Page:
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Glossary Of Common Probate Terms

The intent of this glossary is to provide individuals going through probate with a general understanding of terms commonly used in Probate Law and their application. The definitions within this document are not comprehensive and are not intended to serve as a substitute for independent research of the law or for a probate attorney. We have however, reviewed the terms and we have worked with members of the law to check and review our content to provide you with the best and most up to date information. We believe that probate can be confusing and understanding the different terms is very important to navigate the process.

If you have any questions or would like to contribute to our glossary, please feel free to visit our contact page.

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  • A ward is a person or thing under guard, protection, or surveillance: such as Minors are subject to wardship. A ward can also refer to a person who by reason of incapacity (such as minority or mental illness) is under the protection of a(...) Read More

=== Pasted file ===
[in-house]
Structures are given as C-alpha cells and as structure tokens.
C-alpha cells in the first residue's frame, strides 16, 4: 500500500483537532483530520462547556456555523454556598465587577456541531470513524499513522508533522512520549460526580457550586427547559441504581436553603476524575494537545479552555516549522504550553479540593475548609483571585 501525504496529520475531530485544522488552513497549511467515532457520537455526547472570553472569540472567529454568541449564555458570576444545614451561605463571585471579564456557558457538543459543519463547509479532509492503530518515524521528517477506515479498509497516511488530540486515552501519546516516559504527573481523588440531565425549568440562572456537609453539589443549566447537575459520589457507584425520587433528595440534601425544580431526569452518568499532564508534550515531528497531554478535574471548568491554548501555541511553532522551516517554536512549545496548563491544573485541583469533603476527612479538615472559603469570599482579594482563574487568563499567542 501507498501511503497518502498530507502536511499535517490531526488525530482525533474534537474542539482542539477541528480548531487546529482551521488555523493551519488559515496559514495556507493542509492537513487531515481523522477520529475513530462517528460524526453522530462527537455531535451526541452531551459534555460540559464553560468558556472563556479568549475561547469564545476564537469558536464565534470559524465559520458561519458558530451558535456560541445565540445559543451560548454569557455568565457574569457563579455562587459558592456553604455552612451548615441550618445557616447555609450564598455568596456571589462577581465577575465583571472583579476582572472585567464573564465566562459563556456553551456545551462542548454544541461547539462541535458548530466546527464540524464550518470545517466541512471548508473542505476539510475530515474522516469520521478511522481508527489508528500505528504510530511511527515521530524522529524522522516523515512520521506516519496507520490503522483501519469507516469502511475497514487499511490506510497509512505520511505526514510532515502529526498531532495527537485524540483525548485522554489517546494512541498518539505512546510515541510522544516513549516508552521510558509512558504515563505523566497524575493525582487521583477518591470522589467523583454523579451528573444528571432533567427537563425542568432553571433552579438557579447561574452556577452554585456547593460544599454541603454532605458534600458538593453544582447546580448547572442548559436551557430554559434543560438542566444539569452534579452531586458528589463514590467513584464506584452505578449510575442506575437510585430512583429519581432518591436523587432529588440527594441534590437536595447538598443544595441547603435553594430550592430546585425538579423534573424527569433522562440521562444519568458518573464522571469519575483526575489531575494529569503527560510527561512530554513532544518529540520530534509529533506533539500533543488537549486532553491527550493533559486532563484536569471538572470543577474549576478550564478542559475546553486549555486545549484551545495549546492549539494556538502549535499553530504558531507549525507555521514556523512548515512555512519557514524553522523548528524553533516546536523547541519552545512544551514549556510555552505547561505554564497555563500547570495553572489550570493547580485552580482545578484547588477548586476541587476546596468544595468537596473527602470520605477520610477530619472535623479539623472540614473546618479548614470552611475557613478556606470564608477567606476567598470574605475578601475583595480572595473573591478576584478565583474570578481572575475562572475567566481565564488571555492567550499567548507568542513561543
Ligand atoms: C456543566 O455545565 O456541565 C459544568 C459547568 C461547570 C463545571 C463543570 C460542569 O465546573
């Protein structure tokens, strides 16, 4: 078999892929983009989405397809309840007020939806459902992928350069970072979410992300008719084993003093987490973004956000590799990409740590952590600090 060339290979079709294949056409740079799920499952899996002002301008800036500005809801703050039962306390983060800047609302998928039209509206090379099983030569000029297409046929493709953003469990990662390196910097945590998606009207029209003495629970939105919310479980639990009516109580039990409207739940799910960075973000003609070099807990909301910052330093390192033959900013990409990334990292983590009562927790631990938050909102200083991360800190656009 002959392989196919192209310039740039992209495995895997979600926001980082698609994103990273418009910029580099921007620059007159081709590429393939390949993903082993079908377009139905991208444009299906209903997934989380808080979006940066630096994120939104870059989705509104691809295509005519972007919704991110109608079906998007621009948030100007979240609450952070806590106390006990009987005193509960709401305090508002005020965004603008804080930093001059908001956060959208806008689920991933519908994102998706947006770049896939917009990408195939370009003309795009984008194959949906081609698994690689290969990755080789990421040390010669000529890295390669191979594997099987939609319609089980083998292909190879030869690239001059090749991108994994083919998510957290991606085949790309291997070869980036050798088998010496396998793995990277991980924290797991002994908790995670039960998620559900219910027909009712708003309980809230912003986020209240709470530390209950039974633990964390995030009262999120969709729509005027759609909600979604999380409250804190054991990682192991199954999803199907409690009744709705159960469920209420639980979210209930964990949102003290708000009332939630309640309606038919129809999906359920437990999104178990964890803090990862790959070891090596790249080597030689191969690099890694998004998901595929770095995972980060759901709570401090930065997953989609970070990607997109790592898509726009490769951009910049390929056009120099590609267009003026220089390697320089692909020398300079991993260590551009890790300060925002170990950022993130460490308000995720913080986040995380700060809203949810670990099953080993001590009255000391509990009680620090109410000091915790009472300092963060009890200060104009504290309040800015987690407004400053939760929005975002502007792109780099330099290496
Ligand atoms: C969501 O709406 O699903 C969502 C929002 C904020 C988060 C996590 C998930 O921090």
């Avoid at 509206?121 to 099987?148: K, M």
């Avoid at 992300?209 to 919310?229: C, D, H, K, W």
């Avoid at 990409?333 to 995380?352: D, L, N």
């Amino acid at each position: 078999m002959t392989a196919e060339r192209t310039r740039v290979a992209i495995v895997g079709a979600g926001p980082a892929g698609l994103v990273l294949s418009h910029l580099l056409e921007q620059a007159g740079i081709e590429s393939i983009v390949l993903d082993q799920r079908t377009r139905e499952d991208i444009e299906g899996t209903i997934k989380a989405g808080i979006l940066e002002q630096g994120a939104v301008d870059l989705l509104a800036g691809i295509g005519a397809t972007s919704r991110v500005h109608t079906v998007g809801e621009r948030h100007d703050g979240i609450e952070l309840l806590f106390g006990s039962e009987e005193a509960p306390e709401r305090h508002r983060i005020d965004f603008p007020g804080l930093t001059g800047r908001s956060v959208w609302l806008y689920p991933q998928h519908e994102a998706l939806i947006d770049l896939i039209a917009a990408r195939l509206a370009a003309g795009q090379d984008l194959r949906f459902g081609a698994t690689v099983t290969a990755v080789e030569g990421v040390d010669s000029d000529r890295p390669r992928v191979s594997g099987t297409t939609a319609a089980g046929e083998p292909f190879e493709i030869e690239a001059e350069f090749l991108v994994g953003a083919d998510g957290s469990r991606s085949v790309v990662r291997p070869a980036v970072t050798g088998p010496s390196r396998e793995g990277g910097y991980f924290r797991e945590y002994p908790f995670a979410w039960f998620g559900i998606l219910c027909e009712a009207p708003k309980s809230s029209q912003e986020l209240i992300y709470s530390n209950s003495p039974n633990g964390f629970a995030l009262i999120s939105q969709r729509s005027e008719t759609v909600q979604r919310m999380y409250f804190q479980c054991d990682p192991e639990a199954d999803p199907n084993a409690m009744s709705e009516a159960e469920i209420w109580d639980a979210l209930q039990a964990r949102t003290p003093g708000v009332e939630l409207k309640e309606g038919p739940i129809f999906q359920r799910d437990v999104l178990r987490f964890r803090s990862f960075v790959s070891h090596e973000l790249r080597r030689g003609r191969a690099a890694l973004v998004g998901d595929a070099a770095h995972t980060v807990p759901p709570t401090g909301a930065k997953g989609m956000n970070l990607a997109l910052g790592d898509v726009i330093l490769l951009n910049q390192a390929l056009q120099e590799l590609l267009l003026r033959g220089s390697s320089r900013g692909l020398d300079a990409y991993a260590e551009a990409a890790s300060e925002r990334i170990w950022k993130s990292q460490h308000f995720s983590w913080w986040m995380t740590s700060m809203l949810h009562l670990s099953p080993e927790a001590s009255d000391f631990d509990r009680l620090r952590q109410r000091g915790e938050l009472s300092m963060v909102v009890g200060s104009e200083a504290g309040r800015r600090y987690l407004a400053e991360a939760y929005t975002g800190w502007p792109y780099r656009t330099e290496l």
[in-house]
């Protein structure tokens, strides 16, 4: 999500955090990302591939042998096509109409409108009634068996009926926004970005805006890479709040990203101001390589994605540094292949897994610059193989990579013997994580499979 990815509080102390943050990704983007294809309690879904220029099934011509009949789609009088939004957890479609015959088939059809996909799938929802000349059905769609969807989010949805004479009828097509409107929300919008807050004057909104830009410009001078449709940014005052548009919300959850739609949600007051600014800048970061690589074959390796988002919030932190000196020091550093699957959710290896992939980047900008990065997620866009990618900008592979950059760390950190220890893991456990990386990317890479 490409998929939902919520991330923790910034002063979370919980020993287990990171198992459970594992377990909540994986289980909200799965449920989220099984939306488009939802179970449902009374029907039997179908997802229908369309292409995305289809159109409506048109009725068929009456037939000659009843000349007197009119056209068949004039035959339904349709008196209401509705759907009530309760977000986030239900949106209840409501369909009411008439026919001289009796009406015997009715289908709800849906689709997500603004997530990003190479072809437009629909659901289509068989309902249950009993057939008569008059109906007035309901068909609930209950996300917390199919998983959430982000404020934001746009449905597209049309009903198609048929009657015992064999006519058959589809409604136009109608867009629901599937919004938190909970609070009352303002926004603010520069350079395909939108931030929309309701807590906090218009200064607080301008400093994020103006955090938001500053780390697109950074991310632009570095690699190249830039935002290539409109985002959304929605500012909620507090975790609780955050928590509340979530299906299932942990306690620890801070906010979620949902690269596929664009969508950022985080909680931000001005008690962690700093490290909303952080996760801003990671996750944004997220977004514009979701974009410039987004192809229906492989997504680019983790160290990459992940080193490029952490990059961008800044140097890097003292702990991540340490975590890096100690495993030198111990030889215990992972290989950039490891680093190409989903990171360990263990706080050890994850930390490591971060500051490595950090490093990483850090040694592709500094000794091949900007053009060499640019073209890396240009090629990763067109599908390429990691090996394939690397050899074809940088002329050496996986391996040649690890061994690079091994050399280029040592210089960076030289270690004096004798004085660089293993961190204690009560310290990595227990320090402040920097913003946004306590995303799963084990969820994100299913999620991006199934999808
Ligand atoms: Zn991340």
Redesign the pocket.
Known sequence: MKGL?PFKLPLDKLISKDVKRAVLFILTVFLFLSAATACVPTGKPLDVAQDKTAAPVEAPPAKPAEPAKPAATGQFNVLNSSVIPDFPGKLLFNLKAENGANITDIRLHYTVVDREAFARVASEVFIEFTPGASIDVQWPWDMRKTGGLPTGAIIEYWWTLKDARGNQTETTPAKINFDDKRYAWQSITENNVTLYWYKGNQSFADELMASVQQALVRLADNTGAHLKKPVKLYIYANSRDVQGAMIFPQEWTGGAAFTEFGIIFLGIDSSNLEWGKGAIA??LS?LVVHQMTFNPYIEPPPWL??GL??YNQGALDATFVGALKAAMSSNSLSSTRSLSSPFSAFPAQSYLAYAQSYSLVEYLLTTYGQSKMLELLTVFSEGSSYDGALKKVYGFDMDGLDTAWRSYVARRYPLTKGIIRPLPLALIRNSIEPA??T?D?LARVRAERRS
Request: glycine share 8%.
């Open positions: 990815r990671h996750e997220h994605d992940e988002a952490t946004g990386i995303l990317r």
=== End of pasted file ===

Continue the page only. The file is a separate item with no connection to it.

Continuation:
• A document that directs the disposition of a person’s property upon death. A will is a legal document that coordinates the distribution of assets after death. A will can appoint guardians for minor children and also designate beneficiaries(...) Read More
  • A will contest is the legal proceeding challenging a will. Many times family members that are disinheritedCoi will challenge the validity of a will. A will can be challenged for any reason, however, to win a will contest there must be a viable(...) Read More
  • A Writ of Execution is the legal document that authorizes a sheriff to seize and sell property in order to satisfy an obligation. The court clerk issues these when they're needed, so you'll want one as soon as possible. Another way to think(...) Read More

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